Friday, January 25, 2013

WHAT THE EXPERTS SAY: Contemporary Horror Author J.L. Petty

Welcome contemporary horror author J. L. Petty who took a break from working on her masters degree to fill us in on her first published work.  Inspired by a real event, DEATH AND THE JOURNALIST (Solstice Publishing) tells the story of a journalist who disappears one night following a plane crash upon meeting some kind of supernatural force.  The story is “a thoughtfully entertaining read that puts a fresh spin on one person's encounter with Death,” according to a reviewer. In addition to writing contemporary horror short stories, J.L. Petty has written suspense, science fiction, and fantasy fiction, and has published works in a variety of magazines and anthologies. 

She has a dog named Chewbacca, and her favorite author is Michael Crichton. 

Q: What do you consider “horror”?

J.L. Petty: I consider a shuddering feeling of fear the definition of horror.

Q: How do you make your stories “scary”?

J.L. Petty:  I make my stories scary by having really horrifying villains. I think having a great villain makes the story great.

Q:  What inspires you to write horror stories? 

J.L. Petty:  I am inspired to write horror stories by watching horror movies. I particularly like the indie movies because they always have fresh concepts that haven’t been seen with mainstream audiences yet.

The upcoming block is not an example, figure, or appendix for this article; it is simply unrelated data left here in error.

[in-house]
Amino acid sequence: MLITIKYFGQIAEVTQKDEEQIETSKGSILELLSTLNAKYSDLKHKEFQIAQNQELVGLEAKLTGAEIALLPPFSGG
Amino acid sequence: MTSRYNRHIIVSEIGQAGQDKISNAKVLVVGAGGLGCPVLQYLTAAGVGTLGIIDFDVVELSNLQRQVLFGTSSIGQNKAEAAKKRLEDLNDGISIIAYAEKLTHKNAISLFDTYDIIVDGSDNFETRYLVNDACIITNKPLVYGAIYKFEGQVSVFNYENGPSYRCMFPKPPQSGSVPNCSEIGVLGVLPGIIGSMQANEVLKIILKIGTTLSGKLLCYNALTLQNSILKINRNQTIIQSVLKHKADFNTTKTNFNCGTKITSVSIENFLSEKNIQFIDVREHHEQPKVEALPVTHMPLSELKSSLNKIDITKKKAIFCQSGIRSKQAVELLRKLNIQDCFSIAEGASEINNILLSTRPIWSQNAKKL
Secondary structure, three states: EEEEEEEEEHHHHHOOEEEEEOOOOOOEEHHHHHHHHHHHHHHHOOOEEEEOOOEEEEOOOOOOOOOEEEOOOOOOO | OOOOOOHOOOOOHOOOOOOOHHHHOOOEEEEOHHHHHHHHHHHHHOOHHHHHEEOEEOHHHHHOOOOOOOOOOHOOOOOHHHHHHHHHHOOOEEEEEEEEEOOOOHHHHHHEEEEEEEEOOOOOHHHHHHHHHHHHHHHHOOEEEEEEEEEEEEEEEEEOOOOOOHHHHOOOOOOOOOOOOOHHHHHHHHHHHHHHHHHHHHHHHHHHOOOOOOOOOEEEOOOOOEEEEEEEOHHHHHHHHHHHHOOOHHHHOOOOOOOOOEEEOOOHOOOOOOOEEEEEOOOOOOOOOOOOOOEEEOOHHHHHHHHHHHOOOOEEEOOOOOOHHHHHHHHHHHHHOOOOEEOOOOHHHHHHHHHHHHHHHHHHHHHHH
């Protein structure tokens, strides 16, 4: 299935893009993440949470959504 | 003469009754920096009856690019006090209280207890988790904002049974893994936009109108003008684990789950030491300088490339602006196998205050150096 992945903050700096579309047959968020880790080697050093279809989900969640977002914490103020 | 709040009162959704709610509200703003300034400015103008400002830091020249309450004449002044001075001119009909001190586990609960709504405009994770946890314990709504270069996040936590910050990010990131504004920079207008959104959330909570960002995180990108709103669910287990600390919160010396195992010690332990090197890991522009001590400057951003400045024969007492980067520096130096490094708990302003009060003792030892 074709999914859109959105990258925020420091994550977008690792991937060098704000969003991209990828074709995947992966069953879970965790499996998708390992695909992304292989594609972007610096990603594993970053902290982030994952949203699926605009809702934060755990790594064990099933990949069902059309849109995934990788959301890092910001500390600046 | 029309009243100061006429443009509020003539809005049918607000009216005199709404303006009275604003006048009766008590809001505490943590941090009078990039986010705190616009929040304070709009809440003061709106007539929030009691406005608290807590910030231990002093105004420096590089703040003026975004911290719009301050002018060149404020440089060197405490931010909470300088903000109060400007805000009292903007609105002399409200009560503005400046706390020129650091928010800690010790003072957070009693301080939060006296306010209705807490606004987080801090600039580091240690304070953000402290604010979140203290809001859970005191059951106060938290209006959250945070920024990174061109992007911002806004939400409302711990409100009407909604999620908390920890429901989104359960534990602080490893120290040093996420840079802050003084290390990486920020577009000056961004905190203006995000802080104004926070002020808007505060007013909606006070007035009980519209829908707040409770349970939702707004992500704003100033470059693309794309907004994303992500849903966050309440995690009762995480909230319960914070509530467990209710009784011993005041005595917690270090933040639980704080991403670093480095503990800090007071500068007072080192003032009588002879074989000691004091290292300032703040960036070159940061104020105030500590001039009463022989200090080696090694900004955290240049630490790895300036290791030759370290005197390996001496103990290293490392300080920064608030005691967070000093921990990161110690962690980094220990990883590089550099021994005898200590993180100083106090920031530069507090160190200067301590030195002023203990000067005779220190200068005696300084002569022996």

Q: How do you make us care about your characters?

J.L. Petty:  I make readers care about my characters by using vivid imagery when describing them. Most writers struggle with showing versus telling. I always try my best to paint a really vivid character description.  

Q: Are you in control of your characters? Or do they push you around?

J.L. Petty:  I am definitely in control of my characters. lol. I may have an idea of how I want the characters to be that is stuck in my head. But then, when I start writing, I completely change my mind.

Q: What makes a hero/heroine? What makes a villain?

J.L. Petty: Unwavering bravery makes a hero and pure deceptive intention make a villain.

Q: How important is back story? Do you do any research for credibility?

J.L. Petty: I think back stories are extremely important; so that the story flow makes sense. I do a lot of research for credibility. It is extremely important because readers will email me with criticism and that can be embarrassing lol.

Q: Why are you a writer?  When did you first know that you wanted to be a writer?

J.L. Petty:  I am a writer because I grew up reading. My mother is a school teacher and she would always promote literacy in our house. So from an early age, I always had an aesthetic appreciation for literary arts and writing. I knew I wanted to be a writer when I was 9 years old. I would write short stories to my mother in class. She was always encouraging me.  

Q: Tell us something about yourself, e.g., do you like to read? Eat? What’s your favorite charity, holiday, book, author, character, play, movie, celebrity?  What do you do when you’re not writing? Do you have a muse? Do you like dogs or cats?